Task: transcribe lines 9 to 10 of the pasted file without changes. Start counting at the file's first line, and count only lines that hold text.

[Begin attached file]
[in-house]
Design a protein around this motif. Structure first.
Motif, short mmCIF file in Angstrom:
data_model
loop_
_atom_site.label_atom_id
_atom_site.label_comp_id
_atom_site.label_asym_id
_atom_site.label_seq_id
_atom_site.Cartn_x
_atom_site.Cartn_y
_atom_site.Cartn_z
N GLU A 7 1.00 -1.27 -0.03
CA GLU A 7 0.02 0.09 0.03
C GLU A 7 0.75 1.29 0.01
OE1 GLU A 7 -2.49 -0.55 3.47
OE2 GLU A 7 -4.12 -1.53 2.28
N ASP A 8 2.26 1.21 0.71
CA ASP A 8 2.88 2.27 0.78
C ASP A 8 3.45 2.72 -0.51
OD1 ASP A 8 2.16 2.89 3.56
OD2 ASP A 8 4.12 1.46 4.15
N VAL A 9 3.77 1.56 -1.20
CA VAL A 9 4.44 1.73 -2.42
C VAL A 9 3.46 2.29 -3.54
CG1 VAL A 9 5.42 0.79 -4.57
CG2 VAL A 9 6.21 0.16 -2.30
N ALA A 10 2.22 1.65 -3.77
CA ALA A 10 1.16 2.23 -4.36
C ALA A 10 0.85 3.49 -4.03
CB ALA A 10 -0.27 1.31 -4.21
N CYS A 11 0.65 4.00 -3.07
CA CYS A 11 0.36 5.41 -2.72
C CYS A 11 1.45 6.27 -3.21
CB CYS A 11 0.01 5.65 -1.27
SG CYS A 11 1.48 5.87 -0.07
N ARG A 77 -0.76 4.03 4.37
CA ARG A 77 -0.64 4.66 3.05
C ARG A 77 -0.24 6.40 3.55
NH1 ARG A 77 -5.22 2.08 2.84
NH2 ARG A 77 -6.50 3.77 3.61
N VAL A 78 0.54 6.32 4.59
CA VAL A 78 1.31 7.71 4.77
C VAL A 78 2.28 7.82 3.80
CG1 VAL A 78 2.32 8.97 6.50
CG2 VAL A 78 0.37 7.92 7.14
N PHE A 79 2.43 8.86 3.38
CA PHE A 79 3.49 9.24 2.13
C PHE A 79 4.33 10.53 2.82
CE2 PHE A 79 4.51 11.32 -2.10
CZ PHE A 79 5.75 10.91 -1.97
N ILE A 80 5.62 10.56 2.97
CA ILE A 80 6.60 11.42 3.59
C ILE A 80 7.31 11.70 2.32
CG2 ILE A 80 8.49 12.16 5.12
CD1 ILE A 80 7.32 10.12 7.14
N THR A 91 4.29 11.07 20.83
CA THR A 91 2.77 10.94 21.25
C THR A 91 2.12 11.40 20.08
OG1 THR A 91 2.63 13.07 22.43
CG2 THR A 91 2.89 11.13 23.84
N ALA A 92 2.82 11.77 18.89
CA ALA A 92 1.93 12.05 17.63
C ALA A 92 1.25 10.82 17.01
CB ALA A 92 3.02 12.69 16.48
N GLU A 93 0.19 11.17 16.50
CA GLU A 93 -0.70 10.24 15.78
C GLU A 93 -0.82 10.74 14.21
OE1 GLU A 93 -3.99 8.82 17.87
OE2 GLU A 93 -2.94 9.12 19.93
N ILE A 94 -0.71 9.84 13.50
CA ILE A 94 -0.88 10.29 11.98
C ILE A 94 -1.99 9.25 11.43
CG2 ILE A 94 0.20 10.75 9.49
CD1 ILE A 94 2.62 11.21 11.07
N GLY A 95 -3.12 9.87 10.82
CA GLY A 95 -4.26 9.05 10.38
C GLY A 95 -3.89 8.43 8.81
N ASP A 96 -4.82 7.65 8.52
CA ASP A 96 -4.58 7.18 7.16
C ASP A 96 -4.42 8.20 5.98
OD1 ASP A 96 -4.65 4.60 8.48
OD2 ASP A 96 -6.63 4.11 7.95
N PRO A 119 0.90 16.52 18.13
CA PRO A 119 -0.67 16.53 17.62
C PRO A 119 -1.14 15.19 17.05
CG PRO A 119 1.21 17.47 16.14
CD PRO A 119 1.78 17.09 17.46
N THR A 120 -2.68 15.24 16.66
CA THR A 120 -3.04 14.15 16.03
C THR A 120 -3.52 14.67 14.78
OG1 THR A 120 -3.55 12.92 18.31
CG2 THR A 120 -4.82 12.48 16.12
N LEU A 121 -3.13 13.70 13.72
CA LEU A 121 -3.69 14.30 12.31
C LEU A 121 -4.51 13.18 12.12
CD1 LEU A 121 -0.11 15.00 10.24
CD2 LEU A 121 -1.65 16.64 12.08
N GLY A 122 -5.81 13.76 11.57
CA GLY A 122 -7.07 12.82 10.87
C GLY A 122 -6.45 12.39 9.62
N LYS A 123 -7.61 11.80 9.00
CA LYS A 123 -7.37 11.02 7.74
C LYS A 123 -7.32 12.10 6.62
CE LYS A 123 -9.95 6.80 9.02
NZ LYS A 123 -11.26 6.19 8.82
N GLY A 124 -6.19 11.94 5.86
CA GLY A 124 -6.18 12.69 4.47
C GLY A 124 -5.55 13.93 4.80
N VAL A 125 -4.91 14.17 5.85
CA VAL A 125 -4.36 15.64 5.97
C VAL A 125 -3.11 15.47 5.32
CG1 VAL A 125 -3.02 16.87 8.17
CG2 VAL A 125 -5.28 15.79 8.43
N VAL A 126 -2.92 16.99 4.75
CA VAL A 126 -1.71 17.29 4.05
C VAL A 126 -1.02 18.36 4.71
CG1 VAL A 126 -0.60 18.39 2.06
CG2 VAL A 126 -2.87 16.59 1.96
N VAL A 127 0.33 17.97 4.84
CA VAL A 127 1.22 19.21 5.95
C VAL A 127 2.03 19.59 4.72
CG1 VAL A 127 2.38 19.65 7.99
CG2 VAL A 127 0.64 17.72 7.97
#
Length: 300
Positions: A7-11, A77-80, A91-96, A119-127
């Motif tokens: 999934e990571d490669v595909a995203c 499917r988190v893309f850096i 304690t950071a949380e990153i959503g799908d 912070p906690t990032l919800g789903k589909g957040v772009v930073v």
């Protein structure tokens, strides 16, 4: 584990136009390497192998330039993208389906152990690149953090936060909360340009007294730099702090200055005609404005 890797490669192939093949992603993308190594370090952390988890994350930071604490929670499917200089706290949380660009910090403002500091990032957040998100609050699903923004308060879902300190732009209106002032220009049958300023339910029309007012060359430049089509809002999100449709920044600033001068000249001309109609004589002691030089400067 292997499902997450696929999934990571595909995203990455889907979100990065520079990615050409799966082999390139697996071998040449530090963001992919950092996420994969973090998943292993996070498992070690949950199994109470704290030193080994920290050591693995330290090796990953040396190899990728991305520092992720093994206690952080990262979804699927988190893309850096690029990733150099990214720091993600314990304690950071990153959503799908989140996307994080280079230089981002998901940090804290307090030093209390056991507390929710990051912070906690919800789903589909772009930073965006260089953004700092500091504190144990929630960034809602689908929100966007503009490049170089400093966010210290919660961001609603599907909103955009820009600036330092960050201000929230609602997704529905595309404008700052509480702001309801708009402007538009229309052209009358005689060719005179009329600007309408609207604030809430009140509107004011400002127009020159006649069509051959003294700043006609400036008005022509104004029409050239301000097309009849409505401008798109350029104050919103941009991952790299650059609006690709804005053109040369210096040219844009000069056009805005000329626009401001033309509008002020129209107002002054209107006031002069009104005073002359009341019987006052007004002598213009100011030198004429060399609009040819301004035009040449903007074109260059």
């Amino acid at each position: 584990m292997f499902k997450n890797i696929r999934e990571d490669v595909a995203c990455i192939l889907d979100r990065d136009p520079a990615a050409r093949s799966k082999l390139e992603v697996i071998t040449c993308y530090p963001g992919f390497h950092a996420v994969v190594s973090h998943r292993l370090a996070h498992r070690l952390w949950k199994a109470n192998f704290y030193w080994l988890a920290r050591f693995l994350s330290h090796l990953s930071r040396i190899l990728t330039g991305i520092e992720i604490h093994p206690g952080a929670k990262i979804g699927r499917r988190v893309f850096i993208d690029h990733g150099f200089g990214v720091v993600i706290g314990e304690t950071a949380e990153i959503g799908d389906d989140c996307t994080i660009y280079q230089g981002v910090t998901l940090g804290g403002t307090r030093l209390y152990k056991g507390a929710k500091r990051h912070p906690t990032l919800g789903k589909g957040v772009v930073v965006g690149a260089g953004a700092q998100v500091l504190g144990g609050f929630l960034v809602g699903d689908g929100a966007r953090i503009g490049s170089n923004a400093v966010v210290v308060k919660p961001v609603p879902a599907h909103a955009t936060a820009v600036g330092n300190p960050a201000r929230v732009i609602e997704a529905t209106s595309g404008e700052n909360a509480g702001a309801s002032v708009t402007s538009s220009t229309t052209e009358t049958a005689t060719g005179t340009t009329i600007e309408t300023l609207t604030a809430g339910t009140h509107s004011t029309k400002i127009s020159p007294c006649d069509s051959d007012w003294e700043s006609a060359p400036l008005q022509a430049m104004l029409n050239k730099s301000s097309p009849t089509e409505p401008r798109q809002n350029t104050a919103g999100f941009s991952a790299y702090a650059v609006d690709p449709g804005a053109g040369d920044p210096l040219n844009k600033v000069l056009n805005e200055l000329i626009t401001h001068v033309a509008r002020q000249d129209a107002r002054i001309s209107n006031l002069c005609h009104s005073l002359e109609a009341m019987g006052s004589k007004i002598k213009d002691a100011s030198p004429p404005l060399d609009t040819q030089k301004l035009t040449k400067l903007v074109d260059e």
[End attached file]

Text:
_atom_site.label_seq_id
_atom_site.Cartn_x